Although Eastern Silk is primarily concentrating on enhancing its realisations, being the second largest players in the Indian silk export market, the company is well poised to multiply its margins if the projected silk export targets are achieved. To put things in perspective, Indian silk exports are expected to grow from US$ 750 m in 1HFY07 to US$ 1.5 bn by FY11 (compounded annual growth of 17%). Players like Eastern Silk have the capability to deliver customised as well as variable volumes, thus leveraging on the volume growth.

Stagnant operating costs: Manufacturing capacities for silk products are being shifted from Europe to destinations such as China and India. China is the largest producer (72% of world silk production) of silk fabrics in the world, primarily focused on mass production. India is the second largest producer (17%), providing scope for an accelerated growth for the industry. India is the only country producing all varieties of silk. It stands to gain due to lower cost of production, skilled manpower, absorption of world-class technology and increasing acceptance of its value added products.

Although the fact that China remains Eastern Silk’s largest raw material source (nearly 80%), the fact that the company has entered into an associated joint venture in China wherein the latter is obligated to supply about 120 MT per annum to the company, is a comforting factor. As there is very little pressure on Eastern Silk’s input costs, the company’s operating costs in 3QFY07 have shown negligible change over that of 3QFY06.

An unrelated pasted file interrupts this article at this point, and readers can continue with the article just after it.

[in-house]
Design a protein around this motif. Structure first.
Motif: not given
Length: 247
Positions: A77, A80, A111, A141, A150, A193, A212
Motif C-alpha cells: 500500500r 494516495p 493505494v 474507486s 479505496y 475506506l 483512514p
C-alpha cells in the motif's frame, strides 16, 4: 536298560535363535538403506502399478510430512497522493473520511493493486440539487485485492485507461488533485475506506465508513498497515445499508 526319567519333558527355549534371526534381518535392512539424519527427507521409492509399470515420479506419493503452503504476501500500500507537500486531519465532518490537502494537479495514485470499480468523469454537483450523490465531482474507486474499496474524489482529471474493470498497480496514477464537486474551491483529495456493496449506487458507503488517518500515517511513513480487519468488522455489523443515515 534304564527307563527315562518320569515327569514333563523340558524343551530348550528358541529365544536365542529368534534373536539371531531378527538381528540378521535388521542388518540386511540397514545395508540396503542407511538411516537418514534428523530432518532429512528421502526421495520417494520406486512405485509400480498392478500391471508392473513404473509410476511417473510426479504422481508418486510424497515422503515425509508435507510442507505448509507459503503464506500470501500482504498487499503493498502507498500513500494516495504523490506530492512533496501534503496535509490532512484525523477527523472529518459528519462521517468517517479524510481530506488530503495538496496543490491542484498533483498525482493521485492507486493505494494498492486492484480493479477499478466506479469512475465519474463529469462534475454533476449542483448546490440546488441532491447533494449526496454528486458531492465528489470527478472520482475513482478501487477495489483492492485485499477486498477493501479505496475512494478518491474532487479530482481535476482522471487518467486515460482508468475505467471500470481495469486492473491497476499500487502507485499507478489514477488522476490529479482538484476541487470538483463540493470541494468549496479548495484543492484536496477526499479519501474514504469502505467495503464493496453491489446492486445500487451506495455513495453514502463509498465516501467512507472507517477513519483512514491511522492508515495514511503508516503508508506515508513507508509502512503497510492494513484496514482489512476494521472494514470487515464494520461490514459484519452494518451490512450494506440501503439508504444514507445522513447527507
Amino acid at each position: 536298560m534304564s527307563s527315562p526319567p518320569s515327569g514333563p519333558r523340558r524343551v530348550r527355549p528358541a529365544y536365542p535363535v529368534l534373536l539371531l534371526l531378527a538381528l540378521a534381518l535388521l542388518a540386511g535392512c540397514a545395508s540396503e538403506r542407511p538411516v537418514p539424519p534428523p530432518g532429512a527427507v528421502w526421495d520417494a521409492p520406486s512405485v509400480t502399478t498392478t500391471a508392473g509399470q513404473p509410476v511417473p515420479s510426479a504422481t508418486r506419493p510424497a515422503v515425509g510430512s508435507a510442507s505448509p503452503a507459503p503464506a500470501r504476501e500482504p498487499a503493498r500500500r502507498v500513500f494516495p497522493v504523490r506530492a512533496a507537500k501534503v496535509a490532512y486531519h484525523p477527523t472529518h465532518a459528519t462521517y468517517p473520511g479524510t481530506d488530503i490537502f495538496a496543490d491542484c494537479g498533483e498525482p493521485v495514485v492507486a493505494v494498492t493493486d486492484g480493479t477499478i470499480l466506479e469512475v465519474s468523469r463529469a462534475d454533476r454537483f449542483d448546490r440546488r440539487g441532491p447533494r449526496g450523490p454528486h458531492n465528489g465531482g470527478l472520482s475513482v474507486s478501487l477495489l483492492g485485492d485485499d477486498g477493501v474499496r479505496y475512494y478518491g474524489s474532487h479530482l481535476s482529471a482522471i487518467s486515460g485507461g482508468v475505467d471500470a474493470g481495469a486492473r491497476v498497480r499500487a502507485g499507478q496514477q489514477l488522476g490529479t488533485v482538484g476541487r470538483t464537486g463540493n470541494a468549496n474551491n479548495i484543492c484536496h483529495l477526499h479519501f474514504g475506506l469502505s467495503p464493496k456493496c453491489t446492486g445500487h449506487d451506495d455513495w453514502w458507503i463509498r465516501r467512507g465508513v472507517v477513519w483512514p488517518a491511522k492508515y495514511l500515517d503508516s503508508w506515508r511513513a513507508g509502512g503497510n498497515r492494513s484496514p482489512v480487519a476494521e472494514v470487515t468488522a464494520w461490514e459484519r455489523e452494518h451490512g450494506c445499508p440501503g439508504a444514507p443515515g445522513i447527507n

Capex benefits yet to filter in: Eastern Silk is expanding fabric capacity and also setting up facility for made-ups (1,500 pieces a day), which will use almost the entire expanded fabric capacity. This will get commissioned in 1QFY08 and the benefits of the same will filter into margins.

Diversified customer base: The company has a wide distribution reach and longstanding relationship with over 225 international clients (over 35 clients having a business relationship across three decades). More than 75% of sales are from customers who have been with the company for over 5 years. The US and Europe contribute about 38% and 27% respectively of its target market and the balance goes to Australia, New Zealand and Middle East.

Oversupply concerns: Although, unlike cotton, apparels and home textiles, silk garments and made-ups producers in India face very little competition from the other low cost producing nations like Pakistan, Bangladesh and Turkey, the excess supply of the silk fabric from China may pressurise realisations for the value added products as well. Eastern Silk garners 70% of its revenues from exports, of which consumption in the US and Europe account for about two-thirds of its export despatches. With the signs of slowdown in the US and European economies, the risk of lower demand from these markets going forward looms large. An oversupply to these markets may also impact the company’s realisations.

What to expect?
At the current price of Rs 330, the stock is trading at an attractive valuation of 7.0 times our estimated FY08 earnings. Higher capacity in fabrics and made-ups, better realisations and enhanced product mix position Eastern Silk very favourably to compete against its peers like Himatsingka Seide that are witnessing margin suppression and lower incremental growth. It is also exploring inorganic growth opportunities including brand acquisition to enhance direct presence in US and Europe. Having said that, since some of the benefits of improved product mix and lower input costs have already filtered in, the margin expansion hereon may get moderated. Also, as mentioned earlier, an economic slowdown in the major markets and the resultant pressure on realisations cannot be ignored.

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Aug 5, 2020 11:15 AM